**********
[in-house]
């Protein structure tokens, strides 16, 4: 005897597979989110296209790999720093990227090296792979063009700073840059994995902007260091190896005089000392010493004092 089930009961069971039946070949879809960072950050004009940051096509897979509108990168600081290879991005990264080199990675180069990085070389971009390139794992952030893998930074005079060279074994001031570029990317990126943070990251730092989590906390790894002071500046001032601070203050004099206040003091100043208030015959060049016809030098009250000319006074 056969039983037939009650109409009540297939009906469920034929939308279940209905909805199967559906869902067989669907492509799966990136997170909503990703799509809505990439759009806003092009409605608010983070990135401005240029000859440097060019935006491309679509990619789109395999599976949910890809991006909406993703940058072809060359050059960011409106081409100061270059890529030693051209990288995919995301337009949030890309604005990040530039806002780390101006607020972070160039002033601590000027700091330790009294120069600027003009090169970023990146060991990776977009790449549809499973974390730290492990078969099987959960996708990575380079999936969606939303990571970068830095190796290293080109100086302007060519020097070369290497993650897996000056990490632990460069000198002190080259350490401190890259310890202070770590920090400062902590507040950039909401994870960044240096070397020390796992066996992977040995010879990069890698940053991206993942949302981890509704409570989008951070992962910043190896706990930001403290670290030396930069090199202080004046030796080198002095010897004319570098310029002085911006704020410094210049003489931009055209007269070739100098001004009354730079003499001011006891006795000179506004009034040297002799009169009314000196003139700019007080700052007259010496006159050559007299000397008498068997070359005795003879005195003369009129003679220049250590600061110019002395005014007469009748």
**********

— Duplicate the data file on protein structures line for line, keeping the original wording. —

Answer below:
[in-house]
């Protein structure tokens, strides 16, 4: 005897597979989110296209790999720093990227090296792979063009700073840059994995902007260091190896005089000392010493004092 089930009961069971039946070949879809960072950050004009940051096509897979509108990168600081290879991005990264080199990675180069990085070389971009390139794992952030893998930074005079060279074994001031570029990317990126943070990251730092989590906390790894002071500046001032601070203050004099206040003091100043208030015959060049016809030098009250000319006074 056969039983037939009650109409009540297939009906469920034929939308279940209905909805199967559906869902067989669907492509799966990136997170909503990703799509809505990439759009806003092009409605608010983070990135401005240029000859440097060019935006491309679509990619789109395999599976949910890809991006909406993703940058072809060359050059960011409106081409100061270059890529030693051209990288995919995301337009949030890309604005990040530039806002780390101006607020972070160039002033601590000027700091330790009294120069600027003009090169970023990146060991990776977009790449549809499973974390730290492990078969099987959960996708990575380079999936969606939303990571970068830095190796290293080109100086302007060519020097070369290497993650897996000056990490632990460069000198002190080259350490401190890259310890202070770590920090400062902590507040950039909401994870960044240096070397020390796992066996992977040995010879990069890698940053991206993942949302981890509704409570989008951070992962910043190896706990930001403290670290030396930069090199202080004046030796080198002095010897004319570098310029002085911006704020410094210049003489931009055209007269070739100098001004009354730079003499001011006891006795000179506004009034040297002799009169009314000196003139700019007080700052007259010496006159050559007299000397008498068997070359005795003879005195003369009129003679220049250590600061110019002395005014007469009748």